Bryn Mawr Classical Review 2003.07.17
Grace M. Ledbetter, Poetics before Plato: Interpretation and Authority in Early Greek Theories of Poetry. Princeton: Princeton University Press, 2003. Pp. 128. ISBN 0-691-09609-0. $29.95.
Reviewed by Anastasios D. Nikolopoulos, University of Patras (firstname.lastname@example.org)
Word count: 1344 words
Poetics before Plato is an engaging book, not least because Grace Ledbetter (hereafter L.) has a thesis. She argues in chapters Four and Five that Plato's dialogues Ion and Protagoras together with the Apology introduce a distinctly Socratic theory of poetry, which responds to the views of earlier poets, notably Homer, Hesiod and Pindar. These latter are not to be assimilated into a single archaic Greek poetics. Consequently, each one is treated in a separate chapter (One to Three). There is, however, a common denominator that underpins all three: the "effort to minimize interpretation by poetry's audiences in an effort to maintain the poet's authority over his work" (p. 2).
L.'s Homer has pretensions to divine knowledge "that has the immediacy and pleasure of sensory experience" (p. 13). The poet shares this privilege with the audience, who can make it their own without engaging in a process of interpretation, not even in the case of the passages presenting the author's poetics. Hesiod, according to L., also presents himself as a medium of divine knowledge. However, he is less privileged than the Homeric narrator, sharing his human audience's incapacity to distinguish between truth and lies. Finally, Pindar also claims to convey authoritative knowledge derived from the Muses and consisting in "the evaluations in his poems of praise" (p. 68). L.'s discussion of these three poets, not the only ones whose work was produced before Socrates,1 is based on sound knowledge of the extensive secondary literature, which is conveniently listed in a footnote near the beginning of each chapter, except for Pindar (p. 11 n. 9 on Homeric poetics and p. 41 n. 4 on Hesiod's poetics).
However, given that her reading of Homer, at least, proceeds from Auerbach's theory, I expected more than a footnote citing De Jong's article on Odysseus' Scar, which raised serious objections to that theory two decades ago.2 It is even more surprising to find no mention of the oral composition theory in L.'s discussion of Homeric poetics, although studies by oralists like Thalmann are referred to in footnotes. L. treats Homer, the author of both the Iliad and the Odyssey, as a historical person on a par with, say, Pindar. Homer had clear and uniform views on his poetry, which can be unveiled by careful examination of all the relevant passages in the two epics: the invocation of the Muses at the opening of the catalogue of ships in Iliad 2 (which is actually quoted and translated twice, both on p. 17 and p. 21, and translated again on p. 47), the reference to Achilles' epic performance in Iliad 9 (but not Odysseus' performances in the Odyssey "because he lacks the genuine poet's particular connection to the Muses" [p. 20]), the proem to the Iliad (but not to the Odyssey), and the episodes involving Phemius, Demodocus and the Sirens in the Odyssey. After her dismissal of any ambiguities in the use of the first person plural in Iliad 2.486 it is surprising to read on p. 21 n. 38 that with regard to Odyssey 12. 189-91 "since both readings are possible, the ambiguity stands".3 In short, drawing distinctions between "the true (i.e., inspired) poet" and mere storytellers or poet figures, between the typical audience and exceptional ones like Odysseus in Odyssey 8 and Penelope in Odyssey 1, is less useful for the study of Homeric poetics than an inclusive approach. Besides, what is problematic in Penelope's response as an audience (μεμνημένη Odyssey 1.343, quoted on p. 36) is what is required of the Muses elsewhere (μνησαίαθ' Iliad 2.492, quoted on p. 23).4 Memory is clearly a crucial issue in Homeric poetics, which L. has not dealt with despite its obvious relationship to knowledge, her primary concern.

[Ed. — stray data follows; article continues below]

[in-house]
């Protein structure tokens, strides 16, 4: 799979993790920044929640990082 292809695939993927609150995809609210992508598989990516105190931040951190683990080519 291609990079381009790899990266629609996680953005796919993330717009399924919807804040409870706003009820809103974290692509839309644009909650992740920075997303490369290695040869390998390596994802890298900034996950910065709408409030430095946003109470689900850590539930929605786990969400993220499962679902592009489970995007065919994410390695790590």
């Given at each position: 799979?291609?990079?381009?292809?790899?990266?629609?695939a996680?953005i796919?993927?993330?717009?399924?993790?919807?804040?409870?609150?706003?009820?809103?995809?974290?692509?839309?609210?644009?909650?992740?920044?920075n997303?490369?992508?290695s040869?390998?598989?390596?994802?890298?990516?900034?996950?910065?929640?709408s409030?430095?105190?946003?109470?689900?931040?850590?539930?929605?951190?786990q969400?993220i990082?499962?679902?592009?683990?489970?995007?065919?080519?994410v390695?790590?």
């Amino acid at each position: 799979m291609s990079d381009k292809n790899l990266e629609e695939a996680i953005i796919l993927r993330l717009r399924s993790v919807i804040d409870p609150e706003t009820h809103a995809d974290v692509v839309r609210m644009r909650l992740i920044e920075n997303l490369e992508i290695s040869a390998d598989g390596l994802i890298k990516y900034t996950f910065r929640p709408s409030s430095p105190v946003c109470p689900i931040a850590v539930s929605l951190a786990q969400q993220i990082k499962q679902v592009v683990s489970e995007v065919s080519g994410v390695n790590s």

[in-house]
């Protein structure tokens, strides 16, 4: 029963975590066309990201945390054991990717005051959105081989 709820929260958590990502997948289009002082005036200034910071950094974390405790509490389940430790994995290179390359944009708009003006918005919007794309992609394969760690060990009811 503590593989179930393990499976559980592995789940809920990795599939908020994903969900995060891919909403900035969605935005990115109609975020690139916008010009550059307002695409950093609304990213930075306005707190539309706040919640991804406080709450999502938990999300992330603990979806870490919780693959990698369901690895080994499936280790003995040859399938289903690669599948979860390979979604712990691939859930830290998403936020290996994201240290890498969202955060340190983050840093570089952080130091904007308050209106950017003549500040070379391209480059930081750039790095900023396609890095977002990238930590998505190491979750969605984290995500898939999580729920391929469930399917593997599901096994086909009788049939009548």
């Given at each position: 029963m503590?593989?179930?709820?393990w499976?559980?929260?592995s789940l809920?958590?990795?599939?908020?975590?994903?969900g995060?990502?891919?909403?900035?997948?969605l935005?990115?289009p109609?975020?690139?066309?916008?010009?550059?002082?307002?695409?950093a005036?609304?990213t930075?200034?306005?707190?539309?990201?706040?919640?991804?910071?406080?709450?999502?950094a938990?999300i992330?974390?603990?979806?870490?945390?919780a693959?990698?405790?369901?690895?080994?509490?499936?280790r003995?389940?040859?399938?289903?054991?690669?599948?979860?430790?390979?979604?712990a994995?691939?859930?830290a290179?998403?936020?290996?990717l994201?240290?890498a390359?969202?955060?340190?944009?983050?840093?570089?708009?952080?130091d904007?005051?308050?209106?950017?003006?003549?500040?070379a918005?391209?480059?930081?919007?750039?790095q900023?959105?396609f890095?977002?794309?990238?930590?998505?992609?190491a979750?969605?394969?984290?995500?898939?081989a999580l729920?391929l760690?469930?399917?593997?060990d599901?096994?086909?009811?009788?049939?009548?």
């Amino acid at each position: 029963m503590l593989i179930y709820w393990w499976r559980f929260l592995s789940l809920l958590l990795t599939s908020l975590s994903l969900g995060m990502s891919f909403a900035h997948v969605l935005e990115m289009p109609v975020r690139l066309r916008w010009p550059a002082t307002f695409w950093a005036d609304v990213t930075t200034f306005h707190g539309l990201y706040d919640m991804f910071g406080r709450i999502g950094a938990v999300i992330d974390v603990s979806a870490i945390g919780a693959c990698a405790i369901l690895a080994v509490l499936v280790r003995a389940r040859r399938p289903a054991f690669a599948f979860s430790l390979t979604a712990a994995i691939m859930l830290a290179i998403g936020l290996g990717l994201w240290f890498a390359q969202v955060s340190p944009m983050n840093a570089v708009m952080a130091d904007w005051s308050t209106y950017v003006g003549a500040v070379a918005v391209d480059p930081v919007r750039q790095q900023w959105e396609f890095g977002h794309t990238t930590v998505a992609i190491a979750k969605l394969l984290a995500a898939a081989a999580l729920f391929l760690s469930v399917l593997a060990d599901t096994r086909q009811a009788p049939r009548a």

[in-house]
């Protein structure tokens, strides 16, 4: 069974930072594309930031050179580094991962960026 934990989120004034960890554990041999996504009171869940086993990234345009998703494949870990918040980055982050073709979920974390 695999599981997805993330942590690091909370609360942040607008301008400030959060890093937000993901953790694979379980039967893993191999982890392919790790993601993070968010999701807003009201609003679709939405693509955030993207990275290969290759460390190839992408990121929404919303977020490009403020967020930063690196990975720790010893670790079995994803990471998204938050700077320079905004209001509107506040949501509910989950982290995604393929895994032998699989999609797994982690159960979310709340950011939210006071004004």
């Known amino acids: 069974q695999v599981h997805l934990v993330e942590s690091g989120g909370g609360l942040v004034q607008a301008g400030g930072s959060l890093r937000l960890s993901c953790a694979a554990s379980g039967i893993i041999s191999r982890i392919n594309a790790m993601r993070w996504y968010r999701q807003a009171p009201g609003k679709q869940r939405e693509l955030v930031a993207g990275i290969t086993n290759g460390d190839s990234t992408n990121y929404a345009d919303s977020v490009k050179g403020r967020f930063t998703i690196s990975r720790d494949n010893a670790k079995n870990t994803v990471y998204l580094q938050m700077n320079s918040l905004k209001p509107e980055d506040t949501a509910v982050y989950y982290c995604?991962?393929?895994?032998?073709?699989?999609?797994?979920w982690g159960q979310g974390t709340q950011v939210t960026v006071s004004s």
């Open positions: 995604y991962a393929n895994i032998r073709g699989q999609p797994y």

Oral tradition enters L.'s discussion of Hesiodic poetics in the section on "Poetic Therapy as Mimesis" (pp. 48 ff.). There it is observed that traditional poetry can only approximate exact repetition (without any bibliographical reference) and therefore is a defective simulacrum of the Muses' eternal performance on Mount Olympus (very Platonic!). Accordingly, Hesiod's human audience differs from the divine one: "for humans, poetry provides relief from workaday pain, and a respite from routine suffering" (p. 50). Again, L. misses the opportunity to bring in the issue of memory, which is explicitly associated with pleasure at Theogony 102-3, quoted by L. on the previous page: "he quickly forgets his bad thoughts and his cares / he no longer remembers [μέμνηται]: the gifts of these goddesses instantly divert the mind". Is it not a notable paradox that the gift of Mnemosyne's (i.e., Memory's) daughters should bring forgetfulness? Has Hesiod intentionally omitted the present from the Muses' gift to himself (32, a line mentioned on p. 44, cf. the description of the Muse's song as inclusive of the present too in line 38), as suggested by G. B. Walsh?5